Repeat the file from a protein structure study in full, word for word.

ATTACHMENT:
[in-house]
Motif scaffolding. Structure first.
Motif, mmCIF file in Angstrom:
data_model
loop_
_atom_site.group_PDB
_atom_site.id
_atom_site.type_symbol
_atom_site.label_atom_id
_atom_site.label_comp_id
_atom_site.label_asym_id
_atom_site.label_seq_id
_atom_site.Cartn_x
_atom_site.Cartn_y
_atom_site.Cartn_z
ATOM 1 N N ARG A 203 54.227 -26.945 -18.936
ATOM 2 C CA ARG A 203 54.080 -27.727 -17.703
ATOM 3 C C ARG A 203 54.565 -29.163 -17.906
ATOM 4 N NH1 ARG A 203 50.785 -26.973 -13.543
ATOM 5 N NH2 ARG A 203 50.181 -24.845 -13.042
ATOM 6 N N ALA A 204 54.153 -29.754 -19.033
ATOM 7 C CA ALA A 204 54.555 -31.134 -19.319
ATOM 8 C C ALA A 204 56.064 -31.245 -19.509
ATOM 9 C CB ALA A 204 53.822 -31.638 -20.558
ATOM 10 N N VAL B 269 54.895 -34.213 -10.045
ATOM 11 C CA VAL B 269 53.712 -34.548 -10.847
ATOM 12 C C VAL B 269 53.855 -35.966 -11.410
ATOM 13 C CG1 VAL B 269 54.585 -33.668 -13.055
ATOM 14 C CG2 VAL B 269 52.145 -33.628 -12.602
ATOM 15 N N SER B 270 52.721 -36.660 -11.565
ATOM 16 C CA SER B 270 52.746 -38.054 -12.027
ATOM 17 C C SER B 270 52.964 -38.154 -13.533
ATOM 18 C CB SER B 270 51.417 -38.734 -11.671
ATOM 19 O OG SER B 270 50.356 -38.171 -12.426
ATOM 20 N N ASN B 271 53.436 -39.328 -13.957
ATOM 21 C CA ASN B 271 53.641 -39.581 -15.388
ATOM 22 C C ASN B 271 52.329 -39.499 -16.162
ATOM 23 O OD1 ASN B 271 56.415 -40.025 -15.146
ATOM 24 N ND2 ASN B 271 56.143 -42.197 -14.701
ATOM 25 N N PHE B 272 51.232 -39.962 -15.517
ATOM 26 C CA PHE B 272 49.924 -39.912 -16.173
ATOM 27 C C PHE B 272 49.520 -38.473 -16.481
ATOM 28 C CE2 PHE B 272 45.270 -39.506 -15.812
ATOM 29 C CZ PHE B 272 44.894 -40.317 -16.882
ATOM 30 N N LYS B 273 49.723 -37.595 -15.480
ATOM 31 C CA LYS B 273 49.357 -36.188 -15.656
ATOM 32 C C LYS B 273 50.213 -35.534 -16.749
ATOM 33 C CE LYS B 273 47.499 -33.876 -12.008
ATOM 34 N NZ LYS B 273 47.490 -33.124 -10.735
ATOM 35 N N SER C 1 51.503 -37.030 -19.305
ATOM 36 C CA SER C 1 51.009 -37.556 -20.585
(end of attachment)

[in-house]
Motif scaffolding. Structure first.
Motif, mmCIF file in Angstrom:
data_model
loop_
_atom_site.group_PDB
_atom_site.id
_atom_site.type_symbol
_atom_site.label_atom_id
_atom_site.label_comp_id
_atom_site.label_asym_id
_atom_site.label_seq_id
_atom_site.Cartn_x
_atom_site.Cartn_y
_atom_site.Cartn_z
ATOM 1 N N ARG A 203 54.227 -26.945 -18.936
ATOM 2 C CA ARG A 203 54.080 -27.727 -17.703
ATOM 3 C C ARG A 203 54.565 -29.163 -17.906
ATOM 4 N NH1 ARG A 203 50.785 -26.973 -13.543
ATOM 5 N NH2 ARG A 203 50.181 -24.845 -13.042
ATOM 6 N N ALA A 204 54.153 -29.754 -19.033
ATOM 7 C CA ALA A 204 54.555 -31.134 -19.319
ATOM 8 C C ALA A 204 56.064 -31.245 -19.509
ATOM 9 C CB ALA A 204 53.822 -31.638 -20.558
ATOM 10 N N VAL B 269 54.895 -34.213 -10.045
ATOM 11 C CA VAL B 269 53.712 -34.548 -10.847
ATOM 12 C C VAL B 269 53.855 -35.966 -11.410
ATOM 13 C CG1 VAL B 269 54.585 -33.668 -13.055
ATOM 14 C CG2 VAL B 269 52.145 -33.628 -12.602
ATOM 15 N N SER B 270 52.721 -36.660 -11.565
ATOM 16 C CA SER B 270 52.746 -38.054 -12.027
ATOM 17 C C SER B 270 52.964 -38.154 -13.533
ATOM 18 C CB SER B 270 51.417 -38.734 -11.671
ATOM 19 O OG SER B 270 50.356 -38.171 -12.426
ATOM 20 N N ASN B 271 53.436 -39.328 -13.957
ATOM 21 C CA ASN B 271 53.641 -39.581 -15.388
ATOM 22 C C ASN B 271 52.329 -39.499 -16.162
ATOM 23 O OD1 ASN B 271 56.415 -40.025 -15.146
ATOM 24 N ND2 ASN B 271 56.143 -42.197 -14.701
ATOM 25 N N PHE B 272 51.232 -39.962 -15.517
ATOM 26 C CA PHE B 272 49.924 -39.912 -16.173
ATOM 27 C C PHE B 272 49.520 -38.473 -16.481
ATOM 28 C CE2 PHE B 272 45.270 -39.506 -15.812
ATOM 29 C CZ PHE B 272 44.894 -40.317 -16.882
ATOM 30 N N LYS B 273 49.723 -37.595 -15.480
ATOM 31 C CA LYS B 273 49.357 -36.188 -15.656
ATOM 32 C C LYS B 273 50.213 -35.534 -16.749
ATOM 33 C CE LYS B 273 47.499 -33.876 -12.008
ATOM 34 N NZ LYS B 273 47.490 -33.124 -10.735
ATOM 35 N N SER C 1 51.503 -37.030 -19.305
ATOM 36 C CA SER C 1 51.009 -37.556 -20.585